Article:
USA: Wyoming toads back in the wild

Wyoming toad

From LiveScience:

One of the most endangered amphibians in North America, the Wyoming toad has undergone an intensive captive breeding program, where toads are raised in zoos and released into Wyoming’s Laramie basin, where they were discovered in the 1940s.

During the 1970s and ‘80s, the toad disappeared from its already limited range, succumbing to threats such as toxic pesticides, habitat degradation, and disease.

To reestablish the wild population, more than 50,000 toads, raised in captivity by ten zoos, have been successfully released.

See also here.


2 thoughts on “USA: Wyoming toads back in the wild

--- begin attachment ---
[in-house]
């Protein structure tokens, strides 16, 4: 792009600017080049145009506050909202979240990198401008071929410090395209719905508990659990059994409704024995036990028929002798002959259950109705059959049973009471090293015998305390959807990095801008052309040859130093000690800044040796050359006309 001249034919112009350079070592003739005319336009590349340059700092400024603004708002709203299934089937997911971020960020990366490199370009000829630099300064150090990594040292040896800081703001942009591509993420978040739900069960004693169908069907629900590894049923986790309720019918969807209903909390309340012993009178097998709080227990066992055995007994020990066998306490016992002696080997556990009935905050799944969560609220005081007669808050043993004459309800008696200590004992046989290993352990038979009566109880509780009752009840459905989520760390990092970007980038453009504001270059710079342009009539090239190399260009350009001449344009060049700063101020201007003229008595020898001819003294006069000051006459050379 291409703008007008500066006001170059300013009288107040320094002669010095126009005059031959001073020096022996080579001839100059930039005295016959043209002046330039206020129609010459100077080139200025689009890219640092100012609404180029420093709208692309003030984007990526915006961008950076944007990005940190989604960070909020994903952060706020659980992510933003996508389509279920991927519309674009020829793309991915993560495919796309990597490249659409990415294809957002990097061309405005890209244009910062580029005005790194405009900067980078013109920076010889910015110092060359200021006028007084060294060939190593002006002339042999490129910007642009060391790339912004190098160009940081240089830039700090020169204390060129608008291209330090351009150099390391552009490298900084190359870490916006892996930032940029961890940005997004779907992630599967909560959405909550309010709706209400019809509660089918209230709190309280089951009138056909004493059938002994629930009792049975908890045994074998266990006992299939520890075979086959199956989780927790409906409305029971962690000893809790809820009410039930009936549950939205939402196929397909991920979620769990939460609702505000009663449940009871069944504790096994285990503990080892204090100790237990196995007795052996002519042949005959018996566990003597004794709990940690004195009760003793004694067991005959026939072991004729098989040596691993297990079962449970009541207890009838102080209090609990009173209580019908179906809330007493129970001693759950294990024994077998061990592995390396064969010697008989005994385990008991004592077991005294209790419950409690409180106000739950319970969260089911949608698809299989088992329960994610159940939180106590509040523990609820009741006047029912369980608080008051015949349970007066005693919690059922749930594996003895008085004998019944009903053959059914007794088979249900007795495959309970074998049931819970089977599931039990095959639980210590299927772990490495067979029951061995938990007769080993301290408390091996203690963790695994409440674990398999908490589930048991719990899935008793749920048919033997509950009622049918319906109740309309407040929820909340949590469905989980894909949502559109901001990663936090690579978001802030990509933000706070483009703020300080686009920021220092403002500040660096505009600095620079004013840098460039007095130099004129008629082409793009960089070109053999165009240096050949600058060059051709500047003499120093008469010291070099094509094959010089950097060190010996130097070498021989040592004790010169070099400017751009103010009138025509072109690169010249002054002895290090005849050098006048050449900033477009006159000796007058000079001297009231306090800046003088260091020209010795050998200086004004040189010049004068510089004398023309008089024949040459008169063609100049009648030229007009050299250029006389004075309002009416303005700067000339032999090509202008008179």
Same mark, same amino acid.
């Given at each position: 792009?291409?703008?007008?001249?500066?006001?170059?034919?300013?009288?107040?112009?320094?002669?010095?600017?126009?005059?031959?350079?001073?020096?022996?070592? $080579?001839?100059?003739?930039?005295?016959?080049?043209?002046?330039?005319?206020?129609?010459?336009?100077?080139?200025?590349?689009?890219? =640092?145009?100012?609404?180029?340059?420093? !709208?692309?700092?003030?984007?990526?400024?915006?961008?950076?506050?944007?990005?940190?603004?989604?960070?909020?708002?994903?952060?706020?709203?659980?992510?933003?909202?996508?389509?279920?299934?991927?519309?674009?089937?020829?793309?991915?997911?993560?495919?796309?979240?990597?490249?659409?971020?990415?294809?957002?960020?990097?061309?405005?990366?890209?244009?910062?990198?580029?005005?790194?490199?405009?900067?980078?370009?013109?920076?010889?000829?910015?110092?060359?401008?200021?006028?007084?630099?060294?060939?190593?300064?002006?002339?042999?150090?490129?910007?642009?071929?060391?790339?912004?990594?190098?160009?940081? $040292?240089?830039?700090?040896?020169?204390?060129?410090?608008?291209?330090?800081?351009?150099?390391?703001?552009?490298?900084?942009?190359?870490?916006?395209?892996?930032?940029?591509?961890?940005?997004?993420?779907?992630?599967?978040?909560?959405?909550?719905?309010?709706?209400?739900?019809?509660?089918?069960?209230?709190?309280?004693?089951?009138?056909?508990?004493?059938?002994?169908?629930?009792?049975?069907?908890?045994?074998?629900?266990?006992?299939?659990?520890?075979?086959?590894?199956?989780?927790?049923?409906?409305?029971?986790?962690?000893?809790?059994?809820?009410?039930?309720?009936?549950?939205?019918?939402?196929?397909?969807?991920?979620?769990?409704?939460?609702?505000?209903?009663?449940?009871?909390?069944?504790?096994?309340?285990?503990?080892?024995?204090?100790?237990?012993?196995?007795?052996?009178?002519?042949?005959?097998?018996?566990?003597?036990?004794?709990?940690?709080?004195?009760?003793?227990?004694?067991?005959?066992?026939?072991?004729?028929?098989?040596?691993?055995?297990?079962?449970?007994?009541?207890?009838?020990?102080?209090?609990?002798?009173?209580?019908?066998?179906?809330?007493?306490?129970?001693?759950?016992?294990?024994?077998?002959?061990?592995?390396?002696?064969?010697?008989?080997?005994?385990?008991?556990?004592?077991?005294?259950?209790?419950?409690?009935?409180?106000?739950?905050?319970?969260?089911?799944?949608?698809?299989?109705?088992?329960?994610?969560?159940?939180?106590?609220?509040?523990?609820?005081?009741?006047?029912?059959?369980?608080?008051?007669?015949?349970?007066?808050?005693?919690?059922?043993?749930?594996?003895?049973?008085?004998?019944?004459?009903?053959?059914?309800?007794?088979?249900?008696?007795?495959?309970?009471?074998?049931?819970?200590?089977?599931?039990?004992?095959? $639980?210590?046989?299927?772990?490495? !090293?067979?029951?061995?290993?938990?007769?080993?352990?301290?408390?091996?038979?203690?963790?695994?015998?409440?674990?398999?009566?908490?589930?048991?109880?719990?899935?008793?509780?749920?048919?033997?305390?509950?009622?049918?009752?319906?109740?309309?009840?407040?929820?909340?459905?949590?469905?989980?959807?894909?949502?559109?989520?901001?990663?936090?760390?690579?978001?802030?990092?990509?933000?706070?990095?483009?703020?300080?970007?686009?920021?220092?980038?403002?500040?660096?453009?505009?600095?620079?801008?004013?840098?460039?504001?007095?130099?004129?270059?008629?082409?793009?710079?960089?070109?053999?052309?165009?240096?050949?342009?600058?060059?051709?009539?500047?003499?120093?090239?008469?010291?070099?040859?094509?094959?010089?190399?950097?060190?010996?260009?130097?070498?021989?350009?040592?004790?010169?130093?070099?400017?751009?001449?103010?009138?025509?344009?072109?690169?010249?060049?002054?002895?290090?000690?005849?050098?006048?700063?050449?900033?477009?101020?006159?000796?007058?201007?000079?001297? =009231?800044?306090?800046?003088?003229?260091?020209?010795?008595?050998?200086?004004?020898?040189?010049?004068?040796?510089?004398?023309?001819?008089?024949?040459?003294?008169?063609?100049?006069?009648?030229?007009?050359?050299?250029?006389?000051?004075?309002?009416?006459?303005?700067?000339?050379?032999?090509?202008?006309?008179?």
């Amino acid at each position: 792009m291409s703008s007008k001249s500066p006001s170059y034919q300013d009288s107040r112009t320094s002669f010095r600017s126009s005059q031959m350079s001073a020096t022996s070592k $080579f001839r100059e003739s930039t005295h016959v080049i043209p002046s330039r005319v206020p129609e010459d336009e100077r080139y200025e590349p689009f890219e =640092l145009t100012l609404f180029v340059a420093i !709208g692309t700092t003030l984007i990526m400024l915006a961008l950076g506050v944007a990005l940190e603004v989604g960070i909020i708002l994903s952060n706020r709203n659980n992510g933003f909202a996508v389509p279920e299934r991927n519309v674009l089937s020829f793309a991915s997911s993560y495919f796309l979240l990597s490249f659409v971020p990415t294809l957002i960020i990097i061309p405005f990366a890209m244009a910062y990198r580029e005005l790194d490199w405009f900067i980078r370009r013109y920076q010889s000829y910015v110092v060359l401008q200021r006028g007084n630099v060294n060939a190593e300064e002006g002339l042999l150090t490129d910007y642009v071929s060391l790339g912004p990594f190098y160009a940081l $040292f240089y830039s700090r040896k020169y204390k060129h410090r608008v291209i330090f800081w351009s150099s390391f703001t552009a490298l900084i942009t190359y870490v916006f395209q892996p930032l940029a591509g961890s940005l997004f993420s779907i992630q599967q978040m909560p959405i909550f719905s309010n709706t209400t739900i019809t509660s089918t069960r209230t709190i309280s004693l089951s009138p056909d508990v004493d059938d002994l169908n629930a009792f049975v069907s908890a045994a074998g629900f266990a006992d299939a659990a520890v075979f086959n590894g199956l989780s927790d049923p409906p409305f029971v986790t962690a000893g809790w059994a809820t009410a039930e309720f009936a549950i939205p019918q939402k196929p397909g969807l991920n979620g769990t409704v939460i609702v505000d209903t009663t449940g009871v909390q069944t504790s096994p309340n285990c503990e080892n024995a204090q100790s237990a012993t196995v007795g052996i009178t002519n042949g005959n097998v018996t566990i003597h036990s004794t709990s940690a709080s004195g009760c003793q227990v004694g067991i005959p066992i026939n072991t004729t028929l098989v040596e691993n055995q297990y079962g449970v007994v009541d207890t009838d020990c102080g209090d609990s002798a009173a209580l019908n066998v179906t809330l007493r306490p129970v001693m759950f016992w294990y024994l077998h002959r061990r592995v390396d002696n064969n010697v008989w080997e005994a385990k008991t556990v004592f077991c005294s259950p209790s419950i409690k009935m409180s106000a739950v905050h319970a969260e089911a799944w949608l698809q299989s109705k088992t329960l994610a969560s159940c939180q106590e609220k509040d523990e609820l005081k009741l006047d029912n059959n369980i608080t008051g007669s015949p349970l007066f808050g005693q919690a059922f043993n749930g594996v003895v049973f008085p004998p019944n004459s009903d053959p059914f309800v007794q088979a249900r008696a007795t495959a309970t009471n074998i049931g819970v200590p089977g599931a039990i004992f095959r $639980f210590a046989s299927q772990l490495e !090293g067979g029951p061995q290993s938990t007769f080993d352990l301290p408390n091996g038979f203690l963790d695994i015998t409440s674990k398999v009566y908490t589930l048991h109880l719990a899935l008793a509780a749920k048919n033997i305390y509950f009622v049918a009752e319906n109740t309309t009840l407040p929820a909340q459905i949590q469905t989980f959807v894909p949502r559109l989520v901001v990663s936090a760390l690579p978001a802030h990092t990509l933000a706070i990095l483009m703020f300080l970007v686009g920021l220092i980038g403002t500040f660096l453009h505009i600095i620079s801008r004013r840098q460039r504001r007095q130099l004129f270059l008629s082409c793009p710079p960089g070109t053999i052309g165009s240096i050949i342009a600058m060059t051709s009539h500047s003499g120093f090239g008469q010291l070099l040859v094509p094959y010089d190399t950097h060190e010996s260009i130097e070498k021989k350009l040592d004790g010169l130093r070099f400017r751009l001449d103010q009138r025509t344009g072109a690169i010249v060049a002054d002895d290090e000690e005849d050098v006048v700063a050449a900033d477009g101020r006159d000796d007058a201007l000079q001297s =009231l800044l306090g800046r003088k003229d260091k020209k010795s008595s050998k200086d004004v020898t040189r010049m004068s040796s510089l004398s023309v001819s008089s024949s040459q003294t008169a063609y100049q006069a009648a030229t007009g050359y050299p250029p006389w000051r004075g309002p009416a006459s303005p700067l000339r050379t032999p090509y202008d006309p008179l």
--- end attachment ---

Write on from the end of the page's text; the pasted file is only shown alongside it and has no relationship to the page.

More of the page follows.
1. Wildlife Survey in the Presidio

    The Presidio in San Francisco is home to a healthy number of native reptiles and amphibians, according to extensive surveys conducted by the Academy’s herpetologists. They discovered that three native amphibians – the California slender salamander, Ensatina, and arboreal salamander – were the most widespread species, compared to a relatively low occurrence of introduced species. Their project is part of a larger effort to document the Presidio’s biological, environmental, and archaeological features.

    California Academy, May 2007

  2. Pingback: North American amphibians, video | Dear Kitty. Some blog

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